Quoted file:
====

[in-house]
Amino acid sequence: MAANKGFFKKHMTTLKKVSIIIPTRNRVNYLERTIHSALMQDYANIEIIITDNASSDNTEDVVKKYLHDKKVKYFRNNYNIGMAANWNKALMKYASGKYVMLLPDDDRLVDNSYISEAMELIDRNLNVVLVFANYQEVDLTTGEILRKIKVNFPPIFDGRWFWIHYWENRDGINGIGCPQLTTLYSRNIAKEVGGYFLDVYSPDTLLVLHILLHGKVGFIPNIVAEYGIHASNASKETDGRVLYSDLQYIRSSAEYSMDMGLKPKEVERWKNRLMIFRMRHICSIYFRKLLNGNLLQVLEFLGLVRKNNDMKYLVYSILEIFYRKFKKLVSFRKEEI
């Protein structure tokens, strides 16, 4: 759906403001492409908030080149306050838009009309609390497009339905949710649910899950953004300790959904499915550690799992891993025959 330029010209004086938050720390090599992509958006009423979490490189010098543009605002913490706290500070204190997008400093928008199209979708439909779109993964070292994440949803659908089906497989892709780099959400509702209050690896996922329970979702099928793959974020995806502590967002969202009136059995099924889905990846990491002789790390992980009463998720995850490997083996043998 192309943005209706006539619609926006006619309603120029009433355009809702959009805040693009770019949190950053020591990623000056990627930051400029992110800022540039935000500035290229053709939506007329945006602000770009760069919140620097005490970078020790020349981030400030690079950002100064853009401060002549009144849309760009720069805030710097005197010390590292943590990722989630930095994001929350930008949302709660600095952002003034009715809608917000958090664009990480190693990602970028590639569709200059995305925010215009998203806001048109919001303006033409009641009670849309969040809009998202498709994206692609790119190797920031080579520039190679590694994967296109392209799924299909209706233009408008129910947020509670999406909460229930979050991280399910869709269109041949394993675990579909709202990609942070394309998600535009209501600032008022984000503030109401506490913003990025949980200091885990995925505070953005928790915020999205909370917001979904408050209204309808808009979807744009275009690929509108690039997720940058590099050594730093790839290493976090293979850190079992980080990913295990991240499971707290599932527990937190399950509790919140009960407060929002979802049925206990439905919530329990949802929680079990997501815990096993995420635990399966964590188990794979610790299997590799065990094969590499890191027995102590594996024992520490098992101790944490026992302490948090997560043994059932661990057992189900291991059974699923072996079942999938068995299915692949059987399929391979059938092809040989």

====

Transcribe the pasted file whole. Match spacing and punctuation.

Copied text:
[in-house]
Amino acid sequence: MAANKGFFKKHMTTLKKVSIIIPTRNRVNYLERTIHSALMQDYANIEIIITDNASSDNTEDVVKKYLHDKKVKYFRNNYNIGMAANWNKALMKYASGKYVMLLPDDDRLVDNSYISEAMELIDRNLNVVLVFANYQEVDLTTGEILRKIKVNFPPIFDGRWFWIHYWENRDGINGIGCPQLTTLYSRNIAKEVGGYFLDVYSPDTLLVLHILLHGKVGFIPNIVAEYGIHASNASKETDGRVLYSDLQYIRSSAEYSMDMGLKPKEVERWKNRLMIFRMRHICSIYFRKLLNGNLLQVLEFLGLVRKNNDMKYLVYSILEIFYRKFKKLVSFRKEEI
């Protein structure tokens, strides 16, 4: 759906403001492409908030080149306050838009009309609390497009339905949710649910899950953004300790959904499915550690799992891993025959 330029010209004086938050720390090599992509958006009423979490490189010098543009605002913490706290500070204190997008400093928008199209979708439909779109993964070292994440949803659908089906497989892709780099959400509702209050690896996922329970979702099928793959974020995806502590967002969202009136059995099924889905990846990491002789790390992980009463998720995850490997083996043998 192309943005209706006539619609926006006619309603120029009433355009809702959009805040693009770019949190950053020591990623000056990627930051400029992110800022540039935000500035290229053709939506007329945006602000770009760069919140620097005490970078020790020349981030400030690079950002100064853009401060002549009144849309760009720069805030710097005197010390590292943590990722989630930095994001929350930008949302709660600095952002003034009715809608917000958090664009990480190693990602970028590639569709200059995305925010215009998203806001048109919001303006033409009641009670849309969040809009998202498709994206692609790119190797920031080579520039190679590694994967296109392209799924299909209706233009408008129910947020509670999406909460229930979050991280399910869709269109041949394993675990579909709202990609942070394309998600535009209501600032008022984000503030109401506490913003990025949980200091885990995925505070953005928790915020999205909370917001979904408050209204309808808009979807744009275009690929509108690039997720940058590099050594730093790839290493976090293979850190079992980080990913295990991240499971707290599932527990937190399950509790919140009960407060929002979802049925206990439905919530329990949802929680079990997501815990096993995420635990399966964590188990794979610790299997590799065990094969590499890191027995102590594996024992520490098992101790944490026992302490948090997560043994059932661990057992189900291991059974699923072996079942999938068995299915692949059987399929391979059938092809040989």